What Are the Best Tips for Preparing Enoki Mushrooms?
Cooks who are comfortable with button mushrooms, meaty portobello mushrooms, and earthy shitakes might feel unsure about how to handle enoki mushrooms. Their unique, thread-thin appearance can make even seasoned cooks nervous about what to do with them, but in fact, there are a number of ways they can be used to enhance salads, soups, and main dishes. Enoki mushrooms can transform a dish as long as cooks respect their delicate natures so that they aren’t overcooked and they are combined with other foods that won’t overwhelm them. Cooks should seek out only the freshest mushrooms and avoid those shelved in cans or jars as well as those in the produce department that have brown slime on the stems.
One of the easiest ways to use enoki mushrooms is in salads. While they can join lettuce, cucumber, tomato and a host of other garden vegetables in the salad bowl, their presence won’t cause much of a stir as they’ll be overshadowed by the cacophony of colors, textures, and tastes that compose the traditional American salad. A better choice of bowl mate is one simple ingredient—peppery arugula. An oil and vinegar dressing that includes garlic is really all that’s needed to create an elegant, delicious, and healthy salad.
Many of the recipes that utilize enoki mushrooms are derived from Japanese cooking because that is where these elegant, long-necked beauties are from. Cooks can prepare miso soup with enokis in addition to miso paste and kombu, a type of seaweed. This soup is terrifically nutritious and mellow in taste. In Japan, it is common to serve it several times a week, if not daily, before the meal.
Even when these mushrooms are included in a cooked main dish, they most often join the cooking pot at the last minute or are even added as a garnish after the food has been plated. Red meat, pork, wild game, and other deeply flavored meats are generally too strong for enoki mushrooms to shine. They are most common in dishes that are meatless or those that include meat substitutes, such as tofu or tempeh.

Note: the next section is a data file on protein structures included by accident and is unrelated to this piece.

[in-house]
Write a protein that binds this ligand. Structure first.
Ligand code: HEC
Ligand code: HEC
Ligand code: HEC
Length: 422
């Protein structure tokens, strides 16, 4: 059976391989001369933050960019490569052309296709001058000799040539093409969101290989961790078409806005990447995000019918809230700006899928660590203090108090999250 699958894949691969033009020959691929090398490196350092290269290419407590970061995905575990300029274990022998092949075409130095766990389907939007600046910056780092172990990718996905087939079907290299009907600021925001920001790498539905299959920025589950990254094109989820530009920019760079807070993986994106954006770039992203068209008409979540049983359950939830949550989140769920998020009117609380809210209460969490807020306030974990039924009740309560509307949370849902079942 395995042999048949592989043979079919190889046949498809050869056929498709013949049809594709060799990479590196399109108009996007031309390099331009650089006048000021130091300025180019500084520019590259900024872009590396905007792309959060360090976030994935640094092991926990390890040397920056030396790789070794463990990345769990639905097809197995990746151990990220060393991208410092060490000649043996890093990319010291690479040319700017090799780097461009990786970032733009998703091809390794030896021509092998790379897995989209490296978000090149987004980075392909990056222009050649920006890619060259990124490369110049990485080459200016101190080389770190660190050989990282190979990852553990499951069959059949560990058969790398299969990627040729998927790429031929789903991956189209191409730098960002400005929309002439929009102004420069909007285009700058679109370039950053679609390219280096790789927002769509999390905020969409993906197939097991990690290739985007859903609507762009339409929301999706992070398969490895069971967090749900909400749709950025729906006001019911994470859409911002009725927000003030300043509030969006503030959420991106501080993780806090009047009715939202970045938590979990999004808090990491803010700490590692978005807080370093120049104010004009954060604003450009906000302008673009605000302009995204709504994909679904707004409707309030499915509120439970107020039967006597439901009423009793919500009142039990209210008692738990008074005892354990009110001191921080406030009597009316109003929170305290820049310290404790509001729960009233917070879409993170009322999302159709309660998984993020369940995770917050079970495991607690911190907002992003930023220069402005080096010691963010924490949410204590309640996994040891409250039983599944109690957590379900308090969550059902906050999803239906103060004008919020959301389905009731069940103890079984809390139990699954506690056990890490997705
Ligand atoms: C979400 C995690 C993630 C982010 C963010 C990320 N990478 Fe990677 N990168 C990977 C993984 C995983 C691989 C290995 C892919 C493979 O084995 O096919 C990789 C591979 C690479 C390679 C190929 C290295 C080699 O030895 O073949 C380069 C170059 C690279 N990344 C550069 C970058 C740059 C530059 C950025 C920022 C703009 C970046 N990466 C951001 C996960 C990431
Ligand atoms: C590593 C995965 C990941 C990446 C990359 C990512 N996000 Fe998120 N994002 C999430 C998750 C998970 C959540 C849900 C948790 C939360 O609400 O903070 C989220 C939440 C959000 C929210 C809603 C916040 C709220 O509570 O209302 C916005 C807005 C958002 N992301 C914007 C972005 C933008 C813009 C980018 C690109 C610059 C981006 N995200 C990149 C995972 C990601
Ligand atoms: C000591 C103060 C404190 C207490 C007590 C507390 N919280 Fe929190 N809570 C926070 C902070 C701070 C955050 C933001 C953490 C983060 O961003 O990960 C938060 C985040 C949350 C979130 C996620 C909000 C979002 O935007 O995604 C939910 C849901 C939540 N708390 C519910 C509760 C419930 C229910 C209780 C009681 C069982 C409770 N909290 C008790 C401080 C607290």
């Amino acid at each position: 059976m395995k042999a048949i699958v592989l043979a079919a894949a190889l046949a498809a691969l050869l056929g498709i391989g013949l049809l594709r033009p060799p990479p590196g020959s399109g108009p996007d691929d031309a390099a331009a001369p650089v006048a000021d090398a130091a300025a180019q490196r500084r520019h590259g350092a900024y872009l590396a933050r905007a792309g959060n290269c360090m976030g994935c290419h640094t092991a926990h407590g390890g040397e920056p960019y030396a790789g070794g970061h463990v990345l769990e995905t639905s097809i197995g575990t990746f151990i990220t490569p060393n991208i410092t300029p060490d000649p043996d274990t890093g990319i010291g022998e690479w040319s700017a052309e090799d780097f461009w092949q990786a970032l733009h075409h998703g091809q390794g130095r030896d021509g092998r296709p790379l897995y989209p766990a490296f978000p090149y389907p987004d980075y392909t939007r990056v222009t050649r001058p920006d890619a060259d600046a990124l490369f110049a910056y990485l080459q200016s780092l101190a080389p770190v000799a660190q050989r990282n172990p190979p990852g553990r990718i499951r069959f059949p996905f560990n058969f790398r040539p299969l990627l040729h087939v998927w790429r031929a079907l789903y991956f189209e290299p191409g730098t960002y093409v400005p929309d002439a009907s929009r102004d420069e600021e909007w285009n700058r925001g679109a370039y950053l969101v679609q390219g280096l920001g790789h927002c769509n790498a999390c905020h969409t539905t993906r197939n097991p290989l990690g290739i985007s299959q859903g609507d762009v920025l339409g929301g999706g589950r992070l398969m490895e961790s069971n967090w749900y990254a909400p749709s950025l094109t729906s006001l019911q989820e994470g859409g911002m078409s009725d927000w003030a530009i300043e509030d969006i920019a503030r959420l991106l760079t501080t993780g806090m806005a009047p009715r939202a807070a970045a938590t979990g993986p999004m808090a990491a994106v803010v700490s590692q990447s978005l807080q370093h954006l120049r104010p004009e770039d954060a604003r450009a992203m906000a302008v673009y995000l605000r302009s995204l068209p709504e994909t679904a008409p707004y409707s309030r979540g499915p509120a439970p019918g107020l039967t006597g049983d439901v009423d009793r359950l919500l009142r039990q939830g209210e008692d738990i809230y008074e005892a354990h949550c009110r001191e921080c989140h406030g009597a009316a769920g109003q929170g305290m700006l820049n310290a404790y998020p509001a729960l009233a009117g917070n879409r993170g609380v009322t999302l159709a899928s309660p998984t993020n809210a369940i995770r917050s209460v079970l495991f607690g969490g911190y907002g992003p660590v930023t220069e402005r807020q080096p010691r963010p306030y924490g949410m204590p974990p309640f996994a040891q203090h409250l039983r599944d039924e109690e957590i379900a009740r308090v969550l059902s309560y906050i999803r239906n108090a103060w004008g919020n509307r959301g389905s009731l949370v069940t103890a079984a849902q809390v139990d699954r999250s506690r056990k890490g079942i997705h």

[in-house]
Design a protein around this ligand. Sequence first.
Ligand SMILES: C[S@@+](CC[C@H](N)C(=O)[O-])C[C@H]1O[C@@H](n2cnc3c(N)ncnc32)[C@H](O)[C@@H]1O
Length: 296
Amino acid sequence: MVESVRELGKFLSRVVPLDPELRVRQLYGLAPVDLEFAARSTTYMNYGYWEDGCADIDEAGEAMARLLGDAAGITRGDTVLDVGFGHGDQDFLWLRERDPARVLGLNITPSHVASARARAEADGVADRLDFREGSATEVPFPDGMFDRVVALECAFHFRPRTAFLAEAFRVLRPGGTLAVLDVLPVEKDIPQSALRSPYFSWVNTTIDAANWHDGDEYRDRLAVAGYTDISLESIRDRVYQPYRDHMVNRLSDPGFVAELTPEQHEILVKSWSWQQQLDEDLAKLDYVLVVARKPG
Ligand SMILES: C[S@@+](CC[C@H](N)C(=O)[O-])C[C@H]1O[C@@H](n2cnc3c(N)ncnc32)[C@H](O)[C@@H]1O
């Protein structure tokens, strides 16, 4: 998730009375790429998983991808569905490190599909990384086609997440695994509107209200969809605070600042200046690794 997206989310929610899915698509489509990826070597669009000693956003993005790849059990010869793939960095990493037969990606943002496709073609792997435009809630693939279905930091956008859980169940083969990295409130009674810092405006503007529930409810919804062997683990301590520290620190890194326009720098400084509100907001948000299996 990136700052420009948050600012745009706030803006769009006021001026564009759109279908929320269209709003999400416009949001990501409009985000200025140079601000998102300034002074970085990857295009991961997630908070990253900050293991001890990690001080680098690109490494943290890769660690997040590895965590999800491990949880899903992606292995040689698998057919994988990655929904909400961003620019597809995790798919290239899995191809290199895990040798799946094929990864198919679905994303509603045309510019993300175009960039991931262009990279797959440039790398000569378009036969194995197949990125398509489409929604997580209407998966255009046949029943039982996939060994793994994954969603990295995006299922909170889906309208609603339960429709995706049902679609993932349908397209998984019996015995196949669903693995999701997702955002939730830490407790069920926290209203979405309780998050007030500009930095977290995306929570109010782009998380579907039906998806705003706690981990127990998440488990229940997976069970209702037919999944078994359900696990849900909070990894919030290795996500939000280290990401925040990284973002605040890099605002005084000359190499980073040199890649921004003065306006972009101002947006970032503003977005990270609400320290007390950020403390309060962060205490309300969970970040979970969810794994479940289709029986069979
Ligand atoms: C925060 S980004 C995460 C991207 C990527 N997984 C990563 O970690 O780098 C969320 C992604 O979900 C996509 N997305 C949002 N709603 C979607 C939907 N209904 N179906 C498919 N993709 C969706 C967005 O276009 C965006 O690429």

Cooks who’d like to combine enokis with meat generally keep their choices to chicken, veal, or fish. For example, when a home cook prepares veal scaloppine, breading and sautéing the veal is the first step. Afterward, a little lime juice and white wine added to the skillet along with flour cooks down into a glaze. The enoki mushrooms are only added in the final step, when they, as well as the veal, join the glaze for a gentle warming.
Many pasta dishes can showcase enokis. Penne or another short pasta made with artichoke hearts, tomatoes, and some excellent virgin olive oil make a delicious meal. The mushrooms in this dish needn’t be cooked at all but can be served atop the pasta along with a sprinkling of Romano cheese. The adventurous cook might add some orange zest or a few drops of hazelnut oil as well.
That sounds like a good tip, I'll have to give it a try Runocuri. I have had problems overcooking enoki mushrooms, so maybe this is the answer to making them just right.
I love the taste of enoki mushrooms, and I agree with the article. These long, thin mushrooms have the best flavor when they aren't overcooked. When I add them to a hot meal, I just put them in the microwave for a few seconds. This adds a little warmth to them without compromising their flavor. When using dried mushrooms, I just soak them for a few minutes before heating them in the microwave.
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